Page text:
Our disconnection from nature continues to undermine our quality of life - whether it be the resources we squander or our ignorance of the connection of all things.
Isn't it time to stop berating each other and come together to solve problems? Perhaps we could actually accomplish something.
And in 52 years, how many have you spent hunting in PA?
Sharon Sheppard

Tucson, AZ

#20 Apr 1, 2008
FIRE doc wrote:
<quoted text>
And in 52 years, how many have you spent hunting in PA?
I started hunting as a teenager - primarily bird hunting.(you may do the math if you wish) My entire family has hunted white tail for as long as I can remember both locally & in Slate Run where they built a cabin in the 1950's.

I live on land that has been either part of my family or my husband's family since the 18th century. Over the years we have observed many changes in wildlife populations. Habitat is a key part in sustaining these populations as food and cover are imperative.

Hunting is only part of game management as populations do require culling.(my guess is that this is better than intoducing the Mt. lion back into populated areas)The only point that I wanted to make was that the State cannot create one policy for all areas and be effective.

Whether you are a hunter, conservationist, or you just enjoy seeing some of nature's wonders, there are many facets to this issue. All need to be understood in order to create a responsible policy.
Greg

Lima, OH

#21 May 23, 2008
My brothers and I have been hunting Forest County for 35 years. Never have I seen such a mis-managed program as the Pa Game commission. They have robbed us all of a most precious resource and a way of life. My best memories our ones hunting with my Dad and brothers. It is obscene what they have done to our forests. Our children and grandchildren will never experience the hunting heritage that was once "Gods Country" in Pa.

“Tu ne cede malis”

Since: Dec 06

Lots of different places

#22 May 24, 2008
Annette Ritchie wrote:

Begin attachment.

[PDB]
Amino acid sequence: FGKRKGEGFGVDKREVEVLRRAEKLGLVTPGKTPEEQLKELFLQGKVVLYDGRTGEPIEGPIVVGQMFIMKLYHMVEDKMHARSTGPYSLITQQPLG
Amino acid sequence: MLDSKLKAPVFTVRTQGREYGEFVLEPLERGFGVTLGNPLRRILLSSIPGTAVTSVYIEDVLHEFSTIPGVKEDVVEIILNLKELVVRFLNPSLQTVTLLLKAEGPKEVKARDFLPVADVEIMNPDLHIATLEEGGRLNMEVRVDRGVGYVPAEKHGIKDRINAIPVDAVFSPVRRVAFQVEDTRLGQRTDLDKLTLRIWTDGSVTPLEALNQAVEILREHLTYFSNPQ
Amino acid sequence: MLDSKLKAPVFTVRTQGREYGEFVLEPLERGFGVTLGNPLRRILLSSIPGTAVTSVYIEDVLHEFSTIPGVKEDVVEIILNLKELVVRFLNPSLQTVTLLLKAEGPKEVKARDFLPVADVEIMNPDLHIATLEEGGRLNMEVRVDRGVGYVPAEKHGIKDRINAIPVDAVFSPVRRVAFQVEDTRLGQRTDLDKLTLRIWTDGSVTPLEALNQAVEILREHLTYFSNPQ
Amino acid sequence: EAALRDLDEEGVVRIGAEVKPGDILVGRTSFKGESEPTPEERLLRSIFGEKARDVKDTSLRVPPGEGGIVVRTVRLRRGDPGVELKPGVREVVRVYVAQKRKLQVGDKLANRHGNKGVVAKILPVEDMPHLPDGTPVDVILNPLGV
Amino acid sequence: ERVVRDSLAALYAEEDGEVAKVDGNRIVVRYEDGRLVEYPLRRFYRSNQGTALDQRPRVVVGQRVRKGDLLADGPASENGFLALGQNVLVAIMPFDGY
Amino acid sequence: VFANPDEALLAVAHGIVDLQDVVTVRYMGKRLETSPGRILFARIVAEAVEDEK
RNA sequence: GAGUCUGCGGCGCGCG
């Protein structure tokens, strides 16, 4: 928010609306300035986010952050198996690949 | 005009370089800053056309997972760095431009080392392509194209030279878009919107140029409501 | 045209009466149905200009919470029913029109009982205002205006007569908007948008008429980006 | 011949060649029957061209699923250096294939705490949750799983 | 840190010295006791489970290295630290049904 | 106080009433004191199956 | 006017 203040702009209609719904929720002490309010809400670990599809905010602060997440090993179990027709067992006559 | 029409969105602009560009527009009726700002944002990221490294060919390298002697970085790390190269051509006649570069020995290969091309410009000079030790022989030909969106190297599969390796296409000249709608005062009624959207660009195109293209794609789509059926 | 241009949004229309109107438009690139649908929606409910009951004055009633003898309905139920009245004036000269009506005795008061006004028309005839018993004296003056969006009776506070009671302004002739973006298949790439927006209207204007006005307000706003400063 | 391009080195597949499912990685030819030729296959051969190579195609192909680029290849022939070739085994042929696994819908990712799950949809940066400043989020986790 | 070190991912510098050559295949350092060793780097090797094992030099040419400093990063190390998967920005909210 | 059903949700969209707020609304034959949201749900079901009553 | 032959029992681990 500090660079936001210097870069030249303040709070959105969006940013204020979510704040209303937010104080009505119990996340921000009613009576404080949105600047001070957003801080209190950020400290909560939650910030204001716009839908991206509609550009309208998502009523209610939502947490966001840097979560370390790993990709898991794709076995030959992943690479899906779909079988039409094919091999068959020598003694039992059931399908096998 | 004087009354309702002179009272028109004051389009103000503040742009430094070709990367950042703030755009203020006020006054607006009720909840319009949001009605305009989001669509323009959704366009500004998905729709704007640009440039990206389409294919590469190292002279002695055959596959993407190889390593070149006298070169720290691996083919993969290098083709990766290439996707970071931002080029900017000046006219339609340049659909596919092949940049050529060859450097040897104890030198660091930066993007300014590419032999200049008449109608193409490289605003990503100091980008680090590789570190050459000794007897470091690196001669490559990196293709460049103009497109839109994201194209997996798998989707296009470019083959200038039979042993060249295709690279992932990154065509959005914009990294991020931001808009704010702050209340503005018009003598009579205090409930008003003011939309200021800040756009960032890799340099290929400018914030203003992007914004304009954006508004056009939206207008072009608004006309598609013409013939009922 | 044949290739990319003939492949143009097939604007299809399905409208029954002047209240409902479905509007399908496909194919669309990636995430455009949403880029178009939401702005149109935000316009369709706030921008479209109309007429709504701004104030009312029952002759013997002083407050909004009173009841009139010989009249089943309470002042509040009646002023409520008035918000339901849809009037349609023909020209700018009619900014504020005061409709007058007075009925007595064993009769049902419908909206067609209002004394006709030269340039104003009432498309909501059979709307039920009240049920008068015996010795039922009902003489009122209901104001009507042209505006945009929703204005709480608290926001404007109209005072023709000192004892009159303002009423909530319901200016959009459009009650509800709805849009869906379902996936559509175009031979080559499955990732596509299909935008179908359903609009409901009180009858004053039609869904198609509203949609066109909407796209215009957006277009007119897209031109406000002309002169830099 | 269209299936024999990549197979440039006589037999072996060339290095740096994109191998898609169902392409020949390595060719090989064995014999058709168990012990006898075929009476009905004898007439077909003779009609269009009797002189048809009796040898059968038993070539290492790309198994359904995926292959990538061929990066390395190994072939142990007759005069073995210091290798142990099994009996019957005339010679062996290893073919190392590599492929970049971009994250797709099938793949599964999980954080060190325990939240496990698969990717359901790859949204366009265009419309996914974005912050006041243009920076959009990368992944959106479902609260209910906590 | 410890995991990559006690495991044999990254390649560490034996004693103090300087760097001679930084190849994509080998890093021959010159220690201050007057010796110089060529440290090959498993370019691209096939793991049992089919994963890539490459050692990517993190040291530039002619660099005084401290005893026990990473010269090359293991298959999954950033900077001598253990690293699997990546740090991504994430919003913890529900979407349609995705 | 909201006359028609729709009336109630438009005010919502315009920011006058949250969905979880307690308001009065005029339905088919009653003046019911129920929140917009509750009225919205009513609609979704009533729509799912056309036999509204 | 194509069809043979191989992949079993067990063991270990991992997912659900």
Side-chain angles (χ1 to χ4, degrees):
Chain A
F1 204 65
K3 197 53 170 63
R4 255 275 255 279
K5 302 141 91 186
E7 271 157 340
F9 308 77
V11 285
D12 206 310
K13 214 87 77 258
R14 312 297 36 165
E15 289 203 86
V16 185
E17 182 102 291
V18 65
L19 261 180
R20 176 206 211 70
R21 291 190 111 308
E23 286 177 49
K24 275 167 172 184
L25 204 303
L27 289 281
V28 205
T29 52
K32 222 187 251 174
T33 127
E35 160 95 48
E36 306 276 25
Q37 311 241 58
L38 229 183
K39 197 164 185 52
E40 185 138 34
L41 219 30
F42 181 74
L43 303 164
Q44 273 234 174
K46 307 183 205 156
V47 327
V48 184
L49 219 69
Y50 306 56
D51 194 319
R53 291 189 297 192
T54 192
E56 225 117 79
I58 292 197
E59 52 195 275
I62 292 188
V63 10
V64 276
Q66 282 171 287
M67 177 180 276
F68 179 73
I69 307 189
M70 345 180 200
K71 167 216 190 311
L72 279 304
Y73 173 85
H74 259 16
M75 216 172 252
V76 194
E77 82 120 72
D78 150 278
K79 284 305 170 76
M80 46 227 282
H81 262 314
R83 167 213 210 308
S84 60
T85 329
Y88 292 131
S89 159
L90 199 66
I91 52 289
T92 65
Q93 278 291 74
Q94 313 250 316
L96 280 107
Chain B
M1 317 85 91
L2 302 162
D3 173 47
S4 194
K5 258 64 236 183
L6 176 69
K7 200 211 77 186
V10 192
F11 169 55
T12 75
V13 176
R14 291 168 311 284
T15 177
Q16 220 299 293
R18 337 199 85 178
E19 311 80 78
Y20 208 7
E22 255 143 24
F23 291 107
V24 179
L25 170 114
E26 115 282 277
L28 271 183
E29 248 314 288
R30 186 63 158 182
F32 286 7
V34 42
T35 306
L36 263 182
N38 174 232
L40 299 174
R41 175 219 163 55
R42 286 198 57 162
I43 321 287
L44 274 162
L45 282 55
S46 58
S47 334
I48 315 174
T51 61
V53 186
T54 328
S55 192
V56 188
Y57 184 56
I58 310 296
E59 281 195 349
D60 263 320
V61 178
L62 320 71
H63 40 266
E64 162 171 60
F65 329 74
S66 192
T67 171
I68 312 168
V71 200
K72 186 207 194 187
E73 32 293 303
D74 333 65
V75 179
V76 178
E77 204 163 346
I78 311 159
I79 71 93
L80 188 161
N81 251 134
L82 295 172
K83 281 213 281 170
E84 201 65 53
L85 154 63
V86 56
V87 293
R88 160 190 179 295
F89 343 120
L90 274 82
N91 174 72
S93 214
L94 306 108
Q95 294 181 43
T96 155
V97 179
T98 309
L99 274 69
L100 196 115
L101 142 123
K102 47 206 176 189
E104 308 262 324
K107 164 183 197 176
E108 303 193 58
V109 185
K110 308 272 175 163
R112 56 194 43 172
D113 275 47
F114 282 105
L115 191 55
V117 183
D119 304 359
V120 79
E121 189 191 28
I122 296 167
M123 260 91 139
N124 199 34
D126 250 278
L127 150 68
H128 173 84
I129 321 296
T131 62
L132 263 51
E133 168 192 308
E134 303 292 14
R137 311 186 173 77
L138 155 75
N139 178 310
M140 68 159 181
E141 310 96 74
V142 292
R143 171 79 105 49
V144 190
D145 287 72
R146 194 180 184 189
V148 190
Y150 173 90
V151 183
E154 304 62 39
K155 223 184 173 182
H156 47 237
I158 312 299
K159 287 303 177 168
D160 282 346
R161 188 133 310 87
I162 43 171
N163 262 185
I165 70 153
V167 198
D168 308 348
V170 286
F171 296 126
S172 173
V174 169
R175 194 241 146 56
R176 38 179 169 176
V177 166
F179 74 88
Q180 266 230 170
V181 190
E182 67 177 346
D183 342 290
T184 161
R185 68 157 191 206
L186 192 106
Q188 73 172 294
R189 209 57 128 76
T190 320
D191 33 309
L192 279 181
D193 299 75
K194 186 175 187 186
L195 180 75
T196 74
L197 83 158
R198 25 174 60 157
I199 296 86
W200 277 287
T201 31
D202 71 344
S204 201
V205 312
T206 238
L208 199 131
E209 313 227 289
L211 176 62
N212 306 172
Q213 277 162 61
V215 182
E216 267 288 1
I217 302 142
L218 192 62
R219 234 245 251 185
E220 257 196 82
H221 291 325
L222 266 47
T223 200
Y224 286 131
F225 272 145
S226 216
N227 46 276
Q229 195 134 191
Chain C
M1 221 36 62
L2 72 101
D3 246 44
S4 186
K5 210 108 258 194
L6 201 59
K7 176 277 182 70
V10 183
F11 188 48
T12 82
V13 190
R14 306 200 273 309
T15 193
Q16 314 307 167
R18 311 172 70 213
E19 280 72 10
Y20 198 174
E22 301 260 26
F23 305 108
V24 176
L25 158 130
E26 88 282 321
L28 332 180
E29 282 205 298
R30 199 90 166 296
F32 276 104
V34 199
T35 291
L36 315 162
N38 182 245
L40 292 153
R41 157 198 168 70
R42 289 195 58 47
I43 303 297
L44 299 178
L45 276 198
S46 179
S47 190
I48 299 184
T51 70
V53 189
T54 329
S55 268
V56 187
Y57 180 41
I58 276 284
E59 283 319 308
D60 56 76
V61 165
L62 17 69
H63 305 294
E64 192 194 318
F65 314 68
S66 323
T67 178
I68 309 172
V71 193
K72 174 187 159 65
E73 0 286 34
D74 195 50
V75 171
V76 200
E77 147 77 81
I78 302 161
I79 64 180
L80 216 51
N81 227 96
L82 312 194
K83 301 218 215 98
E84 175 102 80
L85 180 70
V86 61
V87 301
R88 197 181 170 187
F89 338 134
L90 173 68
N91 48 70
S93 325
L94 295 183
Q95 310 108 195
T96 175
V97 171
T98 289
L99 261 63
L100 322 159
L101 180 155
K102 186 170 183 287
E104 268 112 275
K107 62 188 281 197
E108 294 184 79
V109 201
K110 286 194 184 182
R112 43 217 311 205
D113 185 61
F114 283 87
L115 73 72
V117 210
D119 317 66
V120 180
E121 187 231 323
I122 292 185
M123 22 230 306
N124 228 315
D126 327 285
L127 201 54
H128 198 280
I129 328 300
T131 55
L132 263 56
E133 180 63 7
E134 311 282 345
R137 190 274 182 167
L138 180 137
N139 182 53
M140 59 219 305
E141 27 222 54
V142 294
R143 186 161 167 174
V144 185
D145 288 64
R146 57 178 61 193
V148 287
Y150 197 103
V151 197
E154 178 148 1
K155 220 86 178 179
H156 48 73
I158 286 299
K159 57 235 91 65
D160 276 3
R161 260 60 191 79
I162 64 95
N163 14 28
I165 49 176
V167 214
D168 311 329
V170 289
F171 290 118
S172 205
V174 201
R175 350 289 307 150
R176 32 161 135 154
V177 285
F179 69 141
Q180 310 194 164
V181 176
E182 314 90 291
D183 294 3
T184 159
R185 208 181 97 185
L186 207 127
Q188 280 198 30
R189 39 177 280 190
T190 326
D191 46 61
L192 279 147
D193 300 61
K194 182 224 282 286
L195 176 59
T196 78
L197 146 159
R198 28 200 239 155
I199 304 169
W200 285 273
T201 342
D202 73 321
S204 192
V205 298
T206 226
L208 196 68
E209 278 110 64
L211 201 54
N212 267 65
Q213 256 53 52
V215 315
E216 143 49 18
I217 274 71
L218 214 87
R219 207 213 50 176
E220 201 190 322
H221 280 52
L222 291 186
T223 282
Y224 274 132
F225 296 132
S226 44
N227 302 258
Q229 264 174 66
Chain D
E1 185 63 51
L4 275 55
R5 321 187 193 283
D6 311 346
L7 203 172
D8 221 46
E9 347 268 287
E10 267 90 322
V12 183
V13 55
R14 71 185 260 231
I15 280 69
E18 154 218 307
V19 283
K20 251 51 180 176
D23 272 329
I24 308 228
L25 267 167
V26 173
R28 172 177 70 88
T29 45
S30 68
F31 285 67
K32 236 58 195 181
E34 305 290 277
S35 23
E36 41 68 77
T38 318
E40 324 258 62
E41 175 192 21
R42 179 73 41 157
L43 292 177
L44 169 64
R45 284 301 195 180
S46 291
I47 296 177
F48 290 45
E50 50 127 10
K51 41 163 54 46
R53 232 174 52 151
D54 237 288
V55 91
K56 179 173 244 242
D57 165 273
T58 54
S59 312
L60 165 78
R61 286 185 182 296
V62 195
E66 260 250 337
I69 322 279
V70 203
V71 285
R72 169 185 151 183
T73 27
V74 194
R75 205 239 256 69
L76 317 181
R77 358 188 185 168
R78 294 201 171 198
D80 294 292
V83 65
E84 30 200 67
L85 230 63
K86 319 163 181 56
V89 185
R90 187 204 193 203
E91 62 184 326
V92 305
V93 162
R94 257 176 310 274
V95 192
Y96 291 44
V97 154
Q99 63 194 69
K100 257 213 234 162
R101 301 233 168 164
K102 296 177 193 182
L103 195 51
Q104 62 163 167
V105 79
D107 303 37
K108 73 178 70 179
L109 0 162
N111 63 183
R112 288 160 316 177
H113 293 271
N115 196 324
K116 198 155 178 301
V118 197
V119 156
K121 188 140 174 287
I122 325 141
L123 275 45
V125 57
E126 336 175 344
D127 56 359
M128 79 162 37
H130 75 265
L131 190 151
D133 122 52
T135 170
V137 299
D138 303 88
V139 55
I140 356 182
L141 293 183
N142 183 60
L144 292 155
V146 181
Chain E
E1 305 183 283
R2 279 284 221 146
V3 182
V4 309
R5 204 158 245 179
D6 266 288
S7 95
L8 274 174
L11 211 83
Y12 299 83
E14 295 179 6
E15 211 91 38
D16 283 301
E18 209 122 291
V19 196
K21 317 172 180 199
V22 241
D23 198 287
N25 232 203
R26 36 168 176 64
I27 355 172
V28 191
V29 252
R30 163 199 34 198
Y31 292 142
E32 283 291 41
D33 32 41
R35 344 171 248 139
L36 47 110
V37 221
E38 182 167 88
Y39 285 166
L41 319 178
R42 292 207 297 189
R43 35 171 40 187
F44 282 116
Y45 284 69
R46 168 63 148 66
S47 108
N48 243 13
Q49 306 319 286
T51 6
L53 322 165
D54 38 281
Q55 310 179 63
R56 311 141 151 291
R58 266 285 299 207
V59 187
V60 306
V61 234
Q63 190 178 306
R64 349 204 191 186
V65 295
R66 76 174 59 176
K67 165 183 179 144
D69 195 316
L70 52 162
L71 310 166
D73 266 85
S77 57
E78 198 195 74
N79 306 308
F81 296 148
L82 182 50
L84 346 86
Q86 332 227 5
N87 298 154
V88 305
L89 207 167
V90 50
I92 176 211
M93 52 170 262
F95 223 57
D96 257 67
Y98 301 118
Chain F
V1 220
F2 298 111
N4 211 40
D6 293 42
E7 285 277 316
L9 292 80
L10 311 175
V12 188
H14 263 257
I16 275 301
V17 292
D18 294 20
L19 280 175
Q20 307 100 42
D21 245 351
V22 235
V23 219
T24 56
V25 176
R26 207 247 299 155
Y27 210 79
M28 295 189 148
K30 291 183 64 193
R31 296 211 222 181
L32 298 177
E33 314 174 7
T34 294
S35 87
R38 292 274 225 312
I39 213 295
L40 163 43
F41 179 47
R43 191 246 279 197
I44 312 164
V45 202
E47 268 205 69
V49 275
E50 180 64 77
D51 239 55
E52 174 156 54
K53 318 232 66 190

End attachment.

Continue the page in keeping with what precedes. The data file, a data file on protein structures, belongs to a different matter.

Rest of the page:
Maybe all the deer have gone to Adams county on the battlefield where they are being slaughtered. Pretty soon you will have to go to a zoo to see what a deer looks like. I know there has to be some control but not the way our "battlefield" people are doing it.(let alone the distruction of the actual wood lands too).
Pretty soon you'll be all lathered-up and fit to be tied!

If you had read the article in its entirety, you'd have garnered the knowledge of the problems experienced in both the weather of the period, and the way the Game Commission has played stupid games with the people.

By your words referenced above, why I'll bet you're an anti-hunter whom has never once had to deal with an over-population of deer, or other animals which have out-stripped the ability of the available land to support them, which has —in the past— lead to massive die-offs.

But I'll guess that such a situation doesn't bother you, as you'd rather see animals starve to death, and see them quickly dispatched.

And by the way, deary: Animal herds which suffer starvation tend to produce off-spring having lesser abilities to survive, many possessing less desirable traits and becoming easier prey in the long run to both predators and disease. But >YOU< don't give a whit about that, do you?

Now, don't you have a stuffed toy to go hug?
Daryl

Uniontown, PA

#23 Jun 4, 2008
ITs absolutely grotesque mismanagement that I am amazed the legislators are allowing it to continue. The hunter numbers are dropping, the herd is dropping and many legislators are trying for the change. PGC isnt listening and the problem is a few idiots in the Senate are pgc sympathizers who are preventing any meaningful change from being possible. Its a real ugly situation in our state unfortunately, thanks to a few small groups which i'll not mention due to instant nauseau they induce.